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British Film Review: The Liability by Garrett Hunter
When 19 year old Adam (Jack O’Connell; This Is England, Eden Lake, Harry Brown) smashes the Mercedes belonging to his hostile stepfather, he knows there will be a price to pay. His stepfather Peter, played with utterly convincing menace by Peter Mullen (War Horse, Tyrannosaur, My Name is Joe), is clearly not the nine-to-five type and earns his money, we suspect, by non-too legitimate means.
And so Adam finds himself acting as chauffeur to Roy (Tim Roth; Broken, Arbitrage, Reservoir Dogs), the world’s most apathetic hit man. As entertaining as the opening scenes are, it is here, in the space between Adam and Roy where this film becomes truly interesting and enjoyable. Roy’s lethargy –he is tired of this life choice, perhaps of his life– provides the perfect counter to Adam’s nervous energy and the two leads play their roles with such natural ease we feel as we are in the car with them as they head off to commit their dastardly crime.
Roth of course is the master at this, there is a rumour going around that he arrived on set and announced, “I’m not acting in this, I’m just playing myself”; it is a believable tale. Roth has nurtured a seemingly effortless style of acting which is perfect for this role and he plays the role perfectly. O’Connell, already a fine actor before the camera’s rolled on The Liability, can only have benefited from the experience of working with Roth, a master class on the road to what promises to be an illustrious career.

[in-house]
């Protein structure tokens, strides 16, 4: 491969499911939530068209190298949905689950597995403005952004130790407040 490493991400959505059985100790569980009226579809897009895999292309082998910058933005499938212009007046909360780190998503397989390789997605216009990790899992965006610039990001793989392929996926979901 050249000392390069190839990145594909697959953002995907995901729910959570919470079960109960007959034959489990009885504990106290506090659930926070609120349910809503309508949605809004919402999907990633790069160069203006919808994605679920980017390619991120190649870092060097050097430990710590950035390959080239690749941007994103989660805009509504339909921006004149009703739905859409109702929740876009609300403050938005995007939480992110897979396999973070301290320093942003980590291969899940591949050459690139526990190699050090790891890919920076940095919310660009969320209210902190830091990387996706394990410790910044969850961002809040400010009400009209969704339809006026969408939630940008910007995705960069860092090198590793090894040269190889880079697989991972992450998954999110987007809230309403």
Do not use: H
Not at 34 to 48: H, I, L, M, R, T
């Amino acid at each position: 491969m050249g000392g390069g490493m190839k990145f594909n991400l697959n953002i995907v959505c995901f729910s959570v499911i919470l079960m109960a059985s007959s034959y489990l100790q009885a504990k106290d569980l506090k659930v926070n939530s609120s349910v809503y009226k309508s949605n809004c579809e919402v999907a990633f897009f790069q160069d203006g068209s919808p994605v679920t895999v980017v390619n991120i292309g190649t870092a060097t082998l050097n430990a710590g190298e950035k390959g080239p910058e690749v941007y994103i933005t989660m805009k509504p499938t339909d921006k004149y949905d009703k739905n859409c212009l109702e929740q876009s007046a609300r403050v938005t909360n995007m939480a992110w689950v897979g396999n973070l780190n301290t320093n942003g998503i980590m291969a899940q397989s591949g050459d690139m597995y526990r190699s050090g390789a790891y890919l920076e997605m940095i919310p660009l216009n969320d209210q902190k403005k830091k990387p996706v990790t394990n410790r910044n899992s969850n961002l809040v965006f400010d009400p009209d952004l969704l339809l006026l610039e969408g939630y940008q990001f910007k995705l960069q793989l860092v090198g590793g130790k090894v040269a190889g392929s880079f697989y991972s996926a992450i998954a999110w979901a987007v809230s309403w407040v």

Director Craig Viveiros (Ghosted) plays to the strengths by holding our focus on this winning partnership whilst keeping the story moving along with pace; and what a good story it is. What should have been a routine job for Roy becomes complicated when a beautiful hiker (Talulah Riley; St Trinians, Pride & Prejudice) witnesses their crime and has to makes a run for it. The chase is on, the obligatory twists and turns are negotiated, deeper motivations are revealed, and there is a satisfying resolution with everyone getting what they deserved, and probably what they wanted.
Credit must go to the writer John Wrathall for a finely crafted piece with some real pearls of dialogue, especially for Mr. Roth (although he delivers them as though they were ad-libs, perhaps they were). It is always difficult to predict how a British film will do at the box office because there are so many industry variables to consider, but here is a film that deserves to do well and will surely be watched for years to come in one form or another, highly recommended.
4½ out of 5 StarsGarrett Hunter firstname.lastname@example.org
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